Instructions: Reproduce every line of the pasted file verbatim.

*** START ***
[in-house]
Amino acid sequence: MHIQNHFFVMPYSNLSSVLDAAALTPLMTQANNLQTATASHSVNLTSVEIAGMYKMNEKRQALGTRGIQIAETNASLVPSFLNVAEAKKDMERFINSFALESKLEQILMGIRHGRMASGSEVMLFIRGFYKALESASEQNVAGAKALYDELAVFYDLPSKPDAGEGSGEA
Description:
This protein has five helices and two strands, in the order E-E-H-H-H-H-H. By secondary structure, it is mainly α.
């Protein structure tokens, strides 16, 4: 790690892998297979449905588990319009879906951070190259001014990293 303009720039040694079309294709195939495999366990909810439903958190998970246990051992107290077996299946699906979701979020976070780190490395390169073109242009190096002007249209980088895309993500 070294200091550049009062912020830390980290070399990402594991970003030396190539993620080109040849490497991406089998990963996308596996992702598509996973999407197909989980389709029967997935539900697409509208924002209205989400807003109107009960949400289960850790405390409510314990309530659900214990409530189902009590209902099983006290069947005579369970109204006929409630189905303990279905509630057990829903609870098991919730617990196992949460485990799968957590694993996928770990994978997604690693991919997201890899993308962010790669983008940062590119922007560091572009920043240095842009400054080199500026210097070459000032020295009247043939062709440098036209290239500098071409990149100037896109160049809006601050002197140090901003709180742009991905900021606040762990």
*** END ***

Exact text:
[in-house]
Amino acid sequence: MHIQNHFFVMPYSNLSSVLDAAALTPLMTQANNLQTATASHSVNLTSVEIAGMYKMNEKRQALGTRGIQIAETNASLVPSFLNVAEAKKDMERFINSFALESKLEQILMGIRHGRMASGSEVMLFIRGFYKALESASEQNVAGAKALYDELAVFYDLPSKPDAGEGSGEA
Description:
This protein has five helices and two strands, in the order E-E-H-H-H-H-H. By secondary structure, it is mainly α.
């Protein structure tokens, strides 16, 4: 790690892998297979449905588990319009879906951070190259001014990293 303009720039040694079309294709195939495999366990909810439903958190998970246990051992107290077996299946699906979701979020976070780190490395390169073109242009190096002007249209980088895309993500 070294200091550049009062912020830390980290070399990402594991970003030396190539993620080109040849490497991406089998990963996308596996992702598509996973999407197909989980389709029967997935539900697409509208924002209205989400807003109107009960949400289960850790405390409510314990309530659900214990409530189902009590209902099983006290069947005579369970109204006929409630189905303990279905509630057990829903609870098991919730617990196992949460485990799968957590694993996928770990994978997604690693991919997201890899993308962010790669983008940062590119922007560091572009920043240095842009400054080199500026210097070459000032020295009247043939062709440098036209290239500098071409990149100037896109160049809006601050002197140090901003709180742009991905900021606040762990």